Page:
In a move that gives cautious hope to the millions of people suffering some form of paralysis, a team of researchers from UCLA, Caltech and the University of Louisville has given a man rendered paralyzed from the chest down after a hit-and-run accident in 2006 the ability to stand and take his first tentative steps in four years. The team used a stimulating electrode array implanted into the man's body to provide continual direct electrical stimulation to the lower part of the spinal cord that controls movement of the hips, knees, ankles and toes, to mimic the signals the brain usually sends to initiate movement.
Instead of bypassing the nervous system to directly stimulate the leg muscles, the electrical signals provided by the array stimulate the spinal cord's own neural network so it can use the sensory input derived from the legs to direct muscle and joint movements. The stimulation therefore doesn't induce movement, but taps into a network of spinal cord nerves that are capable of initiating movement on their own without the help of the brain, which then work together with cues from the legs to direct muscle movement.
The research team's work builds on previous research at UCLA that showed animals with spinal-cord injuries could stand, balance, bear weight and take coordinated steps while the outermost part of the spinal canal - or epidural space - is stimulated.
Thanks to the breakthrough the test subject, 25 year old Rob Summers, is able to supply the muscular push required to stand up and remain standing for up to four minutes at a time. With periodic assistance, Summers is able to stand for up to an hour, and with the aid of a harness support and some assistance from a therapist he is able to take steps on a treadmill.
Prior to implantation with the epidural stimulating array, Summers, who suffered a complete motor injury at the C7/T1 level of the spinal cord, was unable to move even his toes. But after implantation he was able to not only stand and make repeated stepping motions on a treadmill with the assistance of a harness, but also regained the ability to voluntarily move his toes, ankles, knees, and hips on command. However, once the stimulation is turned off, Summers loses the voluntary control of his limbs.
Over time, Summers also experienced improvements in several types of autonomic function, including bladder and bowel control and temperature regulation. The researchers say these autonomic functions began to return before there was any sign of voluntary movement, which took around seven months after he began receiving epidural stimulation to emerge.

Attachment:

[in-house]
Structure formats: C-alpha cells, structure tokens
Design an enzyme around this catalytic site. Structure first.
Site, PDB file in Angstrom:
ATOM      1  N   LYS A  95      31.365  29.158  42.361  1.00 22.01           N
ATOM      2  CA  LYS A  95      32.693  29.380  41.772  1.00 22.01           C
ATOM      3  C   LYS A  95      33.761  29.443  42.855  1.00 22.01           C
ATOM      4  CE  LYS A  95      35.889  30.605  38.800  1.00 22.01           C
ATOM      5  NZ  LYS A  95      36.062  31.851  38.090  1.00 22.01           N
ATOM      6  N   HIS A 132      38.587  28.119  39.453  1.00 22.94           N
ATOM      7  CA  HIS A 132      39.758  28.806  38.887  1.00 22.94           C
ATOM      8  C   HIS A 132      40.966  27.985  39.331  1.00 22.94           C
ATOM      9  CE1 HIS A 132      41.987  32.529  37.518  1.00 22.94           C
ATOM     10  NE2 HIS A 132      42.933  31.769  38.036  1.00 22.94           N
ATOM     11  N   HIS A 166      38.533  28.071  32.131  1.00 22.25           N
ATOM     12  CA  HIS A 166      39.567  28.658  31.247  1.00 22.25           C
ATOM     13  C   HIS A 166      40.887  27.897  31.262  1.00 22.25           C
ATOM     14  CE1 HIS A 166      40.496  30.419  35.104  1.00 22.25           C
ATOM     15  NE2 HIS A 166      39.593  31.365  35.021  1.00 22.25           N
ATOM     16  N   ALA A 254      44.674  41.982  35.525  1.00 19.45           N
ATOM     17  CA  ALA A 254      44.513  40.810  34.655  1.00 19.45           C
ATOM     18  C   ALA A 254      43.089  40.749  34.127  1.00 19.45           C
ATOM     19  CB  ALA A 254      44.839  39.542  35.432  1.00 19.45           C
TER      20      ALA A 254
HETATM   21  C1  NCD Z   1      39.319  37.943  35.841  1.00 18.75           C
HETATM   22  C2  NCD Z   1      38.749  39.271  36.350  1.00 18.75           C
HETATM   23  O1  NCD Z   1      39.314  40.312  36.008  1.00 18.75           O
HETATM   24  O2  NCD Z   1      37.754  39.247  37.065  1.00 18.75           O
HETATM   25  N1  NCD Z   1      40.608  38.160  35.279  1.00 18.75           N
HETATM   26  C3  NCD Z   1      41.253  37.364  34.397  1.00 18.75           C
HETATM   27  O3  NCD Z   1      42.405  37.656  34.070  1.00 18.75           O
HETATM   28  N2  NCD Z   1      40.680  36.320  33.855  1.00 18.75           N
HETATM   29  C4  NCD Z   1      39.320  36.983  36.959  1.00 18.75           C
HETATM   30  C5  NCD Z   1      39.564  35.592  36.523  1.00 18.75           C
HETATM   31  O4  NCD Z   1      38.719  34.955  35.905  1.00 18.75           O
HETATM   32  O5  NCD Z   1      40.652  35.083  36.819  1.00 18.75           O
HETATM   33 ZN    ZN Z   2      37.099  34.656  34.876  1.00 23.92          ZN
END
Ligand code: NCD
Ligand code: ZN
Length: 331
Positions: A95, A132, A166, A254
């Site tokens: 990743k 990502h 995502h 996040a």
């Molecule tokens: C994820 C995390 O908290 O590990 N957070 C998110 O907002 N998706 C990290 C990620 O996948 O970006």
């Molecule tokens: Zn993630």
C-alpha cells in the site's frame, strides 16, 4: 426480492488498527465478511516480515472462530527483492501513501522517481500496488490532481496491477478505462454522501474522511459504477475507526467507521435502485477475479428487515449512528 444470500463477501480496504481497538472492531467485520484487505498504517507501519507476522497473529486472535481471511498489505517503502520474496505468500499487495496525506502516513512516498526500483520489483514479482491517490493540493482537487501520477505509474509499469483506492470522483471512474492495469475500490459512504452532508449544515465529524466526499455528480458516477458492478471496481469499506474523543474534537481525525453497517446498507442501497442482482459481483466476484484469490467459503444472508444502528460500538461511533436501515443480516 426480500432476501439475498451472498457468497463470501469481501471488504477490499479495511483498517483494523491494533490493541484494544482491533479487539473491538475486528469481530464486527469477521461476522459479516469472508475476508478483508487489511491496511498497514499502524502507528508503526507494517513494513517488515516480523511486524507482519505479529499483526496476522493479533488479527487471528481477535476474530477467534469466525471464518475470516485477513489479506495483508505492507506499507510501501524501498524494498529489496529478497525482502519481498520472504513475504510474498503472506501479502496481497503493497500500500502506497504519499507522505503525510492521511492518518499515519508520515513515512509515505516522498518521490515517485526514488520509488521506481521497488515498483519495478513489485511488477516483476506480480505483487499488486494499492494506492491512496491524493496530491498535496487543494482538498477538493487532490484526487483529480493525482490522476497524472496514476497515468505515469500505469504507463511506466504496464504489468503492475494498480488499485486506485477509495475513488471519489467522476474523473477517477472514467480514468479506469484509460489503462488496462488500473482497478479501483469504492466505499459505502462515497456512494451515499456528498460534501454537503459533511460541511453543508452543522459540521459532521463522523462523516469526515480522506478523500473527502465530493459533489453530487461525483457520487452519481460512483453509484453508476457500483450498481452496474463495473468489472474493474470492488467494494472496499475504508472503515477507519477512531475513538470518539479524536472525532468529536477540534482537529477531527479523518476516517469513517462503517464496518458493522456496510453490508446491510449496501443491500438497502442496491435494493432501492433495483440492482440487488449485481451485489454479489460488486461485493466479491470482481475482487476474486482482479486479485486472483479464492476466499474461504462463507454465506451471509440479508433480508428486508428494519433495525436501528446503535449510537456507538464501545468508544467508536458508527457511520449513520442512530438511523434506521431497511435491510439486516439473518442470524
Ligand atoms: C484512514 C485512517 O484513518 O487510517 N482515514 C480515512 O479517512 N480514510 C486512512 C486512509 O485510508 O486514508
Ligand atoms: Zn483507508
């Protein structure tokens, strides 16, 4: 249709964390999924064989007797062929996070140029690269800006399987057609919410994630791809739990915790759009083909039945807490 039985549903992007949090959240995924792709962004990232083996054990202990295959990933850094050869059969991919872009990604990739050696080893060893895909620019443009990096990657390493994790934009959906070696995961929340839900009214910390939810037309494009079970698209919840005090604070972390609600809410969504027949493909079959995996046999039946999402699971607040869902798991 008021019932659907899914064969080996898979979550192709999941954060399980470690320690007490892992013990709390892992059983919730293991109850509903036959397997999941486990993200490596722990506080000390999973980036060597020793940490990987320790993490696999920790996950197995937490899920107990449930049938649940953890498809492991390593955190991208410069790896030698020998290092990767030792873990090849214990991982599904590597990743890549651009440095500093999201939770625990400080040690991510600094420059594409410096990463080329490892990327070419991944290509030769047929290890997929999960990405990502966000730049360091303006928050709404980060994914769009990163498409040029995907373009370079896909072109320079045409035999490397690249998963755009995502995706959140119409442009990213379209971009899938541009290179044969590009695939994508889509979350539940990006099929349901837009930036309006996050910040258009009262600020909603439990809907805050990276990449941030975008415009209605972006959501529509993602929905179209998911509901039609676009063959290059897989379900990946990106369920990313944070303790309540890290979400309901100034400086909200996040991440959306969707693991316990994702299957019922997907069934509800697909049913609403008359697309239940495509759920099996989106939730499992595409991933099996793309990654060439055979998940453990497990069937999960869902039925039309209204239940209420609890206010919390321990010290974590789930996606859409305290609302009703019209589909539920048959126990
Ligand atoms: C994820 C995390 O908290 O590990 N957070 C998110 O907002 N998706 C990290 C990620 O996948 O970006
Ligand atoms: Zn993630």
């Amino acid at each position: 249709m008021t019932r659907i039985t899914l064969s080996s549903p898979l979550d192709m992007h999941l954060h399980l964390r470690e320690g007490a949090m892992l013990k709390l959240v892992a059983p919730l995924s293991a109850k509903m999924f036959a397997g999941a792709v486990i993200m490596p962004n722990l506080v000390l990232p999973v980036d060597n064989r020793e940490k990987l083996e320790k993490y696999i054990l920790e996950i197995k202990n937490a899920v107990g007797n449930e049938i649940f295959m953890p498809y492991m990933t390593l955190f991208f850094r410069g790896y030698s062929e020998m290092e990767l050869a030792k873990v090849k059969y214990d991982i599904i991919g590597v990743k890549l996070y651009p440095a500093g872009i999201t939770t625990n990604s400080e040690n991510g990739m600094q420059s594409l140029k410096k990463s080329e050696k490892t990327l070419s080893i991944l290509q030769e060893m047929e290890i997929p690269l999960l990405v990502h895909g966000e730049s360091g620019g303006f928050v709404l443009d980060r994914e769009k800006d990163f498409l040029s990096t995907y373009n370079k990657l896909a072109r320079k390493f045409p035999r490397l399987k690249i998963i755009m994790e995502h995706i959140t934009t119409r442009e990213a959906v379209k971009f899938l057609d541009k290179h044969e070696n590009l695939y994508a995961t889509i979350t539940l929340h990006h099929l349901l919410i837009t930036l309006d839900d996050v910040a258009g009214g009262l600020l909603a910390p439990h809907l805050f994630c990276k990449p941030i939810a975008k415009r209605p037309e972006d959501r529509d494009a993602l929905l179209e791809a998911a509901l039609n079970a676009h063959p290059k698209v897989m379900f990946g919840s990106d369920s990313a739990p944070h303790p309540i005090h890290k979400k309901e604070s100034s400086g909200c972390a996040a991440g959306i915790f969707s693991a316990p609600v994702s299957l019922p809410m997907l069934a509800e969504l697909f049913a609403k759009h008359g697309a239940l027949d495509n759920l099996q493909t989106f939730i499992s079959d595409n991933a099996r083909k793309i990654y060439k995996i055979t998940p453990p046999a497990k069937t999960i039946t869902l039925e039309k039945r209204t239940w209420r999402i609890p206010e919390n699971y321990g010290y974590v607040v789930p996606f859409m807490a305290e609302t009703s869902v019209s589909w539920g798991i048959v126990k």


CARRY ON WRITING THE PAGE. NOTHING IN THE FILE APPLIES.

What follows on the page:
Although the researchers still aren't yet fully sure how these autonomic functions were regained, the results indicate the treatment could help improve the quality of life of spinal cord injury sufferers other than those with the strength to undergo the rigorous physical training Summers did as part of his treatment. The researchers say the relief from secondary complications of complete spinal cord injury - including impairment or loss of bladder control, sphincter control and sexual response - could even prove to be ultimately as, or more important in terms of improving the quality of life of such patients.
While obviously encouraged by the results, the researchers are quick to point out that the study represents just one case and that there's no way to tell how other patients may react. They also point out that Summers, who was an athlete in comparatively excellent physical condition before his accident, retained some sensation in his lower extremities after his injury indicating his spinal cord was not completely severed, which may have played a part in the level of success he was able to attain.
However, the researchers are hopeful that their work could one day provide some individuals suffering spinal cord injuries with the ability to stand independently, maintain balance and take effective steps through the use of a portable stimulation unit and the assistance of a walker. Additionally, the researchers believe the approach could potentially also help in the treatment of stroke, Parkinson's, and other disorders affecting motor function.
The team has received approval from the FDA to test five spinal-cord injury patients and will next try and replicate their initial results with a patient that matches Summers in terms of age, injury, and physical ability. They will then turn to patients who have no sensation to see how that influences the outcome.
Interestingly, the device implanted into Summers is FDA-approved for back pain only and its use was meant only as a test to see if the researcher's concepts would work. As a result, the researchers say the current implants have many limitations and that further advances in the technology should lead to better control of the standing and stepping process. They are also looking at whether it might be possible to move the array higher up on the spinal column to see if it could also be used to affect the arms and hands.
The UCLA, Caltech and University of Louisville researcher's work is detailed in the paper, "Epidural stimulation of the lumbosacral spinal cord enables voluntary movement, standing, and assisted stepping in a paraplegic human," which is published in The Lancet.
Professor V. Reggie Edgerton discusses the breakthrough in the following UCLA video:
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